Quirks and Quarks

How Pablo Escobar's escaped hippos are helping to restore an ancient ecosystem

Hippos are an example of how so-called invasive species shape their habitats in a similar way to long-extinct megafauna.

Hippos, and other invasive species, shape their habitats just like long-extinct megafauna

Hippopotamus are seen at the former site of Pablo Escobar’s private zoo in Colombia. (Raul Arboleda/AFP via Getty Images)

Originally published on March 28, 2020.

New research is showing that so-called 'invasive' large herbivores are helping to restore habitat lost by the extinction of native megafauna thousands of years ago.

One of the species studied was the Colombian hippopotamus. Hippos are native to Africa, but these populations in South America are all descendants of four hippos that lived in drug kingpin Pablo Escobar's home zoo.

When Escobar was killed in Colombia in 1993, the animals in his zoo were all relocated — except for his hippos.

They made their way into the local river systems, and now, almost 30 years later, their population has grown to at least 80 animals, and they're considered a local nuisance.

Fitting into ecological niches

In the new study, published in the journal PNAS, the authors look at the effects large herbivores like these hippos have on their new homes. They found that even though these animals are considered pests, they do provide benefits that should not be overlooked.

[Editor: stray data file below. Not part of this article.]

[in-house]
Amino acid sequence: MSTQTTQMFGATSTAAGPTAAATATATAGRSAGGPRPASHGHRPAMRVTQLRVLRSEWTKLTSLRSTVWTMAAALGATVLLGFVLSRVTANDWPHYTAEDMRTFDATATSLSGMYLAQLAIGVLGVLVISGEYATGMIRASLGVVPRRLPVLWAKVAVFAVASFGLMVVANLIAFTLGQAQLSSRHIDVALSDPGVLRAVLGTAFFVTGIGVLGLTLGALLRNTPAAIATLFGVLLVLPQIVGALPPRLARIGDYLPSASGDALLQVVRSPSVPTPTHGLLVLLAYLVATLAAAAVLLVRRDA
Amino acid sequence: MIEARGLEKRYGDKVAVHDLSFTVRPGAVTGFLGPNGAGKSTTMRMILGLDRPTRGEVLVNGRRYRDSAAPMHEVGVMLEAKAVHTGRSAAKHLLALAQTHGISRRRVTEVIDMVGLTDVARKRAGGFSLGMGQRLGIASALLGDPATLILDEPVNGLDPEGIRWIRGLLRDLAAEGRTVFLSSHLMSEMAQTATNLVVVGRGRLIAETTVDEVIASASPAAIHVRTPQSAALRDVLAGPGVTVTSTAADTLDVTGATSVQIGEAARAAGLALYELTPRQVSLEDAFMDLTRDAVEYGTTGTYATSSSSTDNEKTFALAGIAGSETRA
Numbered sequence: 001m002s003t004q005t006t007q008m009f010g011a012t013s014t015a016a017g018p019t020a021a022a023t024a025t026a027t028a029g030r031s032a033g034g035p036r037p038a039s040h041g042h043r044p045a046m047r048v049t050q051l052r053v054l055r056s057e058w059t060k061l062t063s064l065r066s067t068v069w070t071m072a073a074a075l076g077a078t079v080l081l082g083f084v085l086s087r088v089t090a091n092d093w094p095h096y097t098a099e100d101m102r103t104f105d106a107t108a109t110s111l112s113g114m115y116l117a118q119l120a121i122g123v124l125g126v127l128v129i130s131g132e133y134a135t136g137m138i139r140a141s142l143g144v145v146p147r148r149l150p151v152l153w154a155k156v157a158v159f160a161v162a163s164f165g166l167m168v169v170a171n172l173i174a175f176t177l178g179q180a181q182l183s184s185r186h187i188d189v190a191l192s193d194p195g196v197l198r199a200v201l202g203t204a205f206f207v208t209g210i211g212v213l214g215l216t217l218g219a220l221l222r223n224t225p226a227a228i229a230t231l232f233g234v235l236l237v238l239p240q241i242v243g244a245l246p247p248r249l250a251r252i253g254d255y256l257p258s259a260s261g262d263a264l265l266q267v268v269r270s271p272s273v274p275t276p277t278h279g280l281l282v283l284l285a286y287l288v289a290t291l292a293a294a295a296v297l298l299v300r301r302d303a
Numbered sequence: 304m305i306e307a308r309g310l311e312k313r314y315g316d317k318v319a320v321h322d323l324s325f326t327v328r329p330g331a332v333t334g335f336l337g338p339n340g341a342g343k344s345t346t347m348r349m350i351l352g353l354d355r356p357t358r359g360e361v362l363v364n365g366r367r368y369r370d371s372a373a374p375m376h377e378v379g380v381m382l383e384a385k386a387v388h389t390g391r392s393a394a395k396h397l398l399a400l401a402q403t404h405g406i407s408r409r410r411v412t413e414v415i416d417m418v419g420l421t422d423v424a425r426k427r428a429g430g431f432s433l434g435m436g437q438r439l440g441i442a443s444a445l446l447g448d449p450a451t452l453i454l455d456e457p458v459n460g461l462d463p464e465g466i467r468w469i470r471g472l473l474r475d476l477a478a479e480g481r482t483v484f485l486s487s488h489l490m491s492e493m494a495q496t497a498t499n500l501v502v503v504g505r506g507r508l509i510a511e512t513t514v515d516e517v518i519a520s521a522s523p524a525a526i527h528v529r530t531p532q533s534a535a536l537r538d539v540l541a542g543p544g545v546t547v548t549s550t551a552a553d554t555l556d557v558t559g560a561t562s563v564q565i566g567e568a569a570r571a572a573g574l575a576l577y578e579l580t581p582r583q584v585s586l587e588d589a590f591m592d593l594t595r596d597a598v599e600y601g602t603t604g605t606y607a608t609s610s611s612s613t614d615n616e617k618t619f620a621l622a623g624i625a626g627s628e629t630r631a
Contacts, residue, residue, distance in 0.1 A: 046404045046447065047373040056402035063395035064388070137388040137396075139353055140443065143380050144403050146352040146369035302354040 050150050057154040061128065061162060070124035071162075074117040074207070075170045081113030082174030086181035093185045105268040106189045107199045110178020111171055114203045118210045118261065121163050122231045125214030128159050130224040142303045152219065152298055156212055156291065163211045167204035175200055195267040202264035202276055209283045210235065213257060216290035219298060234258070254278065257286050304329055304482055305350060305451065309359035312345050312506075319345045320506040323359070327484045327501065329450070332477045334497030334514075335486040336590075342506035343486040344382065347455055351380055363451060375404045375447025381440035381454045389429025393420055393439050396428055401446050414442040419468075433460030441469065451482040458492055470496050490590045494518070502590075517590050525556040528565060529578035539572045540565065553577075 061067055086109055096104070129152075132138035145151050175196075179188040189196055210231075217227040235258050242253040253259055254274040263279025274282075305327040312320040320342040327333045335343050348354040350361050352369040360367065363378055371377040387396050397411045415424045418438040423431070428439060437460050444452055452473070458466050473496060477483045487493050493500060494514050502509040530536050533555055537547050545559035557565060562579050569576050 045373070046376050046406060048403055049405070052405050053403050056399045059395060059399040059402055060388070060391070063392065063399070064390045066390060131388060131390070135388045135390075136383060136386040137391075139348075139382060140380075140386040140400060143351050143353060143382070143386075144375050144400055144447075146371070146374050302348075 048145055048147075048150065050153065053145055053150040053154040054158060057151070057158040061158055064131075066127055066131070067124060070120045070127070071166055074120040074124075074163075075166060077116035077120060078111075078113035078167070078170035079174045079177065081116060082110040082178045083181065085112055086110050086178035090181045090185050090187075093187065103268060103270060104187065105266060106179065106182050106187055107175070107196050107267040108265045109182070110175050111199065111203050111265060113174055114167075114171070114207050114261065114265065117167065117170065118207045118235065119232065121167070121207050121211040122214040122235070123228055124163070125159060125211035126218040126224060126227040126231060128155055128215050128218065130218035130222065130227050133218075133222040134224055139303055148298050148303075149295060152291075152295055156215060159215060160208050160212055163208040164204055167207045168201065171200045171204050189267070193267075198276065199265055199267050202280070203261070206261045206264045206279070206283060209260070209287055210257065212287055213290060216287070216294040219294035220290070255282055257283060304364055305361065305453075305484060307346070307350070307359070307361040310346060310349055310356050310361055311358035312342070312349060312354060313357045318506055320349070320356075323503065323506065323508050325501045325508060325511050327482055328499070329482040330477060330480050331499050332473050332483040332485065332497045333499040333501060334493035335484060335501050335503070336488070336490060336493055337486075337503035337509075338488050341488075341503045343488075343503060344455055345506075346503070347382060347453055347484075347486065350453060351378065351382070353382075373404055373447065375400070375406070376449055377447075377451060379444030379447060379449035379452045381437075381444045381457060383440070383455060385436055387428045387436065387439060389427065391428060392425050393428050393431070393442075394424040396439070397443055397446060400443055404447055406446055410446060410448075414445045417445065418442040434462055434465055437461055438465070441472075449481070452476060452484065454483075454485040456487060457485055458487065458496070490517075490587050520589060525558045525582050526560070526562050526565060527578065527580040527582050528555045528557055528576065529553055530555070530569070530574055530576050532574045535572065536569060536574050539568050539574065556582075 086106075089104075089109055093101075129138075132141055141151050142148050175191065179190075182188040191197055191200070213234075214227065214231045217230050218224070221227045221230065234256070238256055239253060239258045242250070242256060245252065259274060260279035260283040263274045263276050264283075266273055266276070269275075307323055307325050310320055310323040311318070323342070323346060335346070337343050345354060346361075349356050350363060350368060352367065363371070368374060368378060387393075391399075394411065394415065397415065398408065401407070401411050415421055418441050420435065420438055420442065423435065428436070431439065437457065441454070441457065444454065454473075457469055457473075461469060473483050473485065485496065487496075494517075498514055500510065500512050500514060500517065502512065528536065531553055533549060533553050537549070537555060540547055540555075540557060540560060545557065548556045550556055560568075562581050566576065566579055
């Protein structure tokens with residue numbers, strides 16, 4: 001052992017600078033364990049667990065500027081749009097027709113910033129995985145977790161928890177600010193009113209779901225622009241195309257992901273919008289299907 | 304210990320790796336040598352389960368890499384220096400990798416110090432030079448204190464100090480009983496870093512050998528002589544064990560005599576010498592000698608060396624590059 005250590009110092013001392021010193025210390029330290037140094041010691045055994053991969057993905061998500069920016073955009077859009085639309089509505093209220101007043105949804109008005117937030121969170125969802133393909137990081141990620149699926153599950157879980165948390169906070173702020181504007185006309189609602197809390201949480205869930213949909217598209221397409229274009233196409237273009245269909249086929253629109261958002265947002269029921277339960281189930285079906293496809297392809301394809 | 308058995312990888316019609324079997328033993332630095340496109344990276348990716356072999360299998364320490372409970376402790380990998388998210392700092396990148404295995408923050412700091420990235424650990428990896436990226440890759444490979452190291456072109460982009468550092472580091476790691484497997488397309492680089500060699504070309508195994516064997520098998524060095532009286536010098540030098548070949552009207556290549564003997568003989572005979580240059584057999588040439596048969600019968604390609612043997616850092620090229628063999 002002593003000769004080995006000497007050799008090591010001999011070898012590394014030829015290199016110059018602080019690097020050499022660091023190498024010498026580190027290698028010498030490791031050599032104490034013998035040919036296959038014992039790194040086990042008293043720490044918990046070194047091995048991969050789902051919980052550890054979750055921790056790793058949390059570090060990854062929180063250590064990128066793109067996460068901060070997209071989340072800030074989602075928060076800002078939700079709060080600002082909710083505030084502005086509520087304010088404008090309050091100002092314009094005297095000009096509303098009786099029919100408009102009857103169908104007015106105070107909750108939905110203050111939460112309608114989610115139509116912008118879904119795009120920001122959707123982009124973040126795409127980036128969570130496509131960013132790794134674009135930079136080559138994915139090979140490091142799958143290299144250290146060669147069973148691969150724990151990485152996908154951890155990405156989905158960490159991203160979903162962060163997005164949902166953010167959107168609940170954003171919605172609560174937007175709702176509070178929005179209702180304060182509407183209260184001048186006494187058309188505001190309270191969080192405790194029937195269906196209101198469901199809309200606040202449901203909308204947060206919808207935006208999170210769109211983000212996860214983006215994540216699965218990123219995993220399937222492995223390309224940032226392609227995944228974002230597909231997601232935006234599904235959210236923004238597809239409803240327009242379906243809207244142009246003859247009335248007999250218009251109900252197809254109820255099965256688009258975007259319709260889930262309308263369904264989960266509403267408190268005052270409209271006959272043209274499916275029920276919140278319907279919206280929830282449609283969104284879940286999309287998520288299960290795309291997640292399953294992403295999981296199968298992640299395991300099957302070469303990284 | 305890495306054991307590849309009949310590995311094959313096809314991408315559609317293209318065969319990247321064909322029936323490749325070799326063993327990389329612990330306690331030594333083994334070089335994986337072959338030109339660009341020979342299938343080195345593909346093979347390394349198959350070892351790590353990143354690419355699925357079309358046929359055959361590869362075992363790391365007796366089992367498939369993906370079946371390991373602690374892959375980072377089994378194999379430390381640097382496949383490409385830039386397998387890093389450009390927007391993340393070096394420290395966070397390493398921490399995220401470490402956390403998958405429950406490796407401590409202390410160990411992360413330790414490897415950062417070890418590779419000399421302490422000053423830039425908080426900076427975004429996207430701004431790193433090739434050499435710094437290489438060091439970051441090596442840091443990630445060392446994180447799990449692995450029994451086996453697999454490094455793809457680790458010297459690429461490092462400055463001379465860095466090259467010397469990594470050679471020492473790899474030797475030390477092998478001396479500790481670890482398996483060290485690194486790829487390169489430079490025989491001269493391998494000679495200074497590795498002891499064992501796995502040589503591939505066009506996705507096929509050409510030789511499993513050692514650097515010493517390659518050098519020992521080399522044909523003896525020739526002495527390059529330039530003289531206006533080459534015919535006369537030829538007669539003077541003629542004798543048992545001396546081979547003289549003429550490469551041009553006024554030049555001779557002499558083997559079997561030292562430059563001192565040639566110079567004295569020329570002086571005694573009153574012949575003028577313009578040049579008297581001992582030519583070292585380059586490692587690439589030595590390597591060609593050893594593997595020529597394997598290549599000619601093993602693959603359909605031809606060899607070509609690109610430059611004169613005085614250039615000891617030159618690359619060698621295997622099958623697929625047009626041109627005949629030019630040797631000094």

Escobar's hippos are just one of many large herbivores around the world that are considered invasive species. From camels in Australia, to feral hogs in North America, many conservation efforts are spent trying to get rid of these animals.

The dromedary camel, also called the Arabian camel, is considered an invasive species in Australia. (Erick J. Lundgren)

Erick Lundgren, a PhD student at the University of Technology Sydney and lead author on the study, points out that the Earth used to be covered in large herbivores. These megafauna like wooly mammoths and giant sloths were all hunted to extinction by humans 10,000 years ago. With the loss of those animals, we also lost their benefits to the ecosystems on our planet.

'Introduced' — not invasive

The researchers analyzed 72 large invasive species, and compared their ecological traits to those of the native megafauna in the area.

In 64 per cent of cases, they found that the modern-day species were fitting into ecological niches that have been vacant for thousands of years.

This can affect things like nutrient dispersal, permafrost melt, wildfire causation, and wetland distribution. 

A hippo feeds at a farm in Colombia. These hippos are all descendants of the animals that lived in Pablo Escobar’s private home zoo. (Raul Arboleda/AFP via Getty Images)

Pablo Escobar's hippos, for instance, are similar to two now-extinct species — giant llamas, and notoungulates, which have been gone for thousands of years. Their size, diet, and semiaquatic behaviours allow them to spread nutrients into the water column in a way that hasn't been possible for over 10,000 years.

Lundgren cautions that this doesn't necessarily mean Pablo's hippos and other invasive species should be left as-is, especially if they are causing harm to humans. But they do caution that by labelling all invasive species as inherently bad means that their benefits aren't being studied, and suggest using the term "introduced" instead. 

Produced and written by Amanda Buckiewicz